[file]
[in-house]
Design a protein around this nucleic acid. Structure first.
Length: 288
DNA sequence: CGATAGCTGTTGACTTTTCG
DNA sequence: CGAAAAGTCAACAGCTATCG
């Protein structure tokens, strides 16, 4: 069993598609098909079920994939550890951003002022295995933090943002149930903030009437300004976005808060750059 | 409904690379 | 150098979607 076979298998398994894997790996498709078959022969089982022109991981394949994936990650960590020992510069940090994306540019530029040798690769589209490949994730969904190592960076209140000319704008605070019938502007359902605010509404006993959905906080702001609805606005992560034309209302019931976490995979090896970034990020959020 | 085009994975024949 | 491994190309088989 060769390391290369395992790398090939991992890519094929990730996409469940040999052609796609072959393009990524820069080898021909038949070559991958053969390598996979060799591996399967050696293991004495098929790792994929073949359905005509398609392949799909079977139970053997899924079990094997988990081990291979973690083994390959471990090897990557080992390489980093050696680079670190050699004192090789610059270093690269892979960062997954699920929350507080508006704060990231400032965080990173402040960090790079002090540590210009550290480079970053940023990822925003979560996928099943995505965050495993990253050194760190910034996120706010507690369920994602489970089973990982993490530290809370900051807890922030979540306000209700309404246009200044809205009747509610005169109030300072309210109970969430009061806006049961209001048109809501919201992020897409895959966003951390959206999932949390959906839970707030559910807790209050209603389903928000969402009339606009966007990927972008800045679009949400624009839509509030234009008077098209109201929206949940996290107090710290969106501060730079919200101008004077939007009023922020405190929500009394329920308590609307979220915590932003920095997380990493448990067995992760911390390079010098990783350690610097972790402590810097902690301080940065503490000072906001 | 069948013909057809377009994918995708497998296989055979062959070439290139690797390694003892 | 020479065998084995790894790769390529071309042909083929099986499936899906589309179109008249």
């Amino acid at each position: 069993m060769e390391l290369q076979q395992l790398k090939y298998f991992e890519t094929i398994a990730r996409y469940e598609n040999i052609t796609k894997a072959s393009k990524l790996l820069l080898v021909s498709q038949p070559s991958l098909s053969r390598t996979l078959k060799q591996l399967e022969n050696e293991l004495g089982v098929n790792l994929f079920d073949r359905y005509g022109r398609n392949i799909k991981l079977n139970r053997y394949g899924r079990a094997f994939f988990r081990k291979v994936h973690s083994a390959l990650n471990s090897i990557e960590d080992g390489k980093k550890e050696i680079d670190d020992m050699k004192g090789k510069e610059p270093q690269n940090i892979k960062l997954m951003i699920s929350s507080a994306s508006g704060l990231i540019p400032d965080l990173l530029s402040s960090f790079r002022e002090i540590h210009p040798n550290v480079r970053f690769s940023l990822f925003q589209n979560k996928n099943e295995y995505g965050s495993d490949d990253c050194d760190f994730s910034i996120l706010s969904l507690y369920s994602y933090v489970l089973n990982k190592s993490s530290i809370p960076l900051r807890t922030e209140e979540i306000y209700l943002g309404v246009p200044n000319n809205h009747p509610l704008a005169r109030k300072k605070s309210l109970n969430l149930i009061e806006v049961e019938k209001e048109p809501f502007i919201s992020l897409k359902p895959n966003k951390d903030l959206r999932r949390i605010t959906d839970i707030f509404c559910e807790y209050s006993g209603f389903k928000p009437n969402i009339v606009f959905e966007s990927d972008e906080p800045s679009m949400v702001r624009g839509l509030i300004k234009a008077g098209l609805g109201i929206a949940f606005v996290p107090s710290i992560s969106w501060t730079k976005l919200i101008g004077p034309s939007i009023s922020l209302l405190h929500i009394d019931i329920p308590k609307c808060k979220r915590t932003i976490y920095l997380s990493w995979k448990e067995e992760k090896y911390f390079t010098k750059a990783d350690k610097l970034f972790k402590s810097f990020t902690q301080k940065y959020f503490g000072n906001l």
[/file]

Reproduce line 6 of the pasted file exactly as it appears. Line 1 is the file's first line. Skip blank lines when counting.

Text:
């Protein structure tokens, strides 16, 4: 069993598609098909079920994939550890951003002022295995933090943002149930903030009437300004976005808060750059 | 409904690379 | 150098979607 076979298998398994894997790996498709078959022969089982022109991981394949994936990650960590020992510069940090994306540019530029040798690769589209490949994730969904190592960076209140000319704008605070019938502007359902605010509404006993959905906080702001609805606005992560034309209302019931976490995979090896970034990020959020 | 085009994975024949 | 491994190309088989 060769390391290369395992790398090939991992890519094929990730996409469940040999052609796609072959393009990524820069080898021909038949070559991958053969390598996979060799591996399967050696293991004495098929790792994929073949359905005509398609392949799909079977139970053997899924079990094997988990081990291979973690083994390959471990090897990557080992390489980093050696680079670190050699004192090789610059270093690269892979960062997954699920929350507080508006704060990231400032965080990173402040960090790079002090540590210009550290480079970053940023990822925003979560996928099943995505965050495993990253050194760190910034996120706010507690369920994602489970089973990982993490530290809370900051807890922030979540306000209700309404246009200044809205009747509610005169109030300072309210109970969430009061806006049961209001048109809501919201992020897409895959966003951390959206999932949390959906839970707030559910807790209050209603389903928000969402009339606009966007990927972008800045679009949400624009839509509030234009008077098209109201929206949940996290107090710290969106501060730079919200101008004077939007009023922020405190929500009394329920308590609307979220915590932003920095997380990493448990067995992760911390390079010098990783350690610097972790402590810097902690301080940065503490000072906001 | 069948013909057809377009994918995708497998296989055979062959070439290139690797390694003892 | 020479065998084995790894790769390529071309042909083929099986499936899906589309179109008249």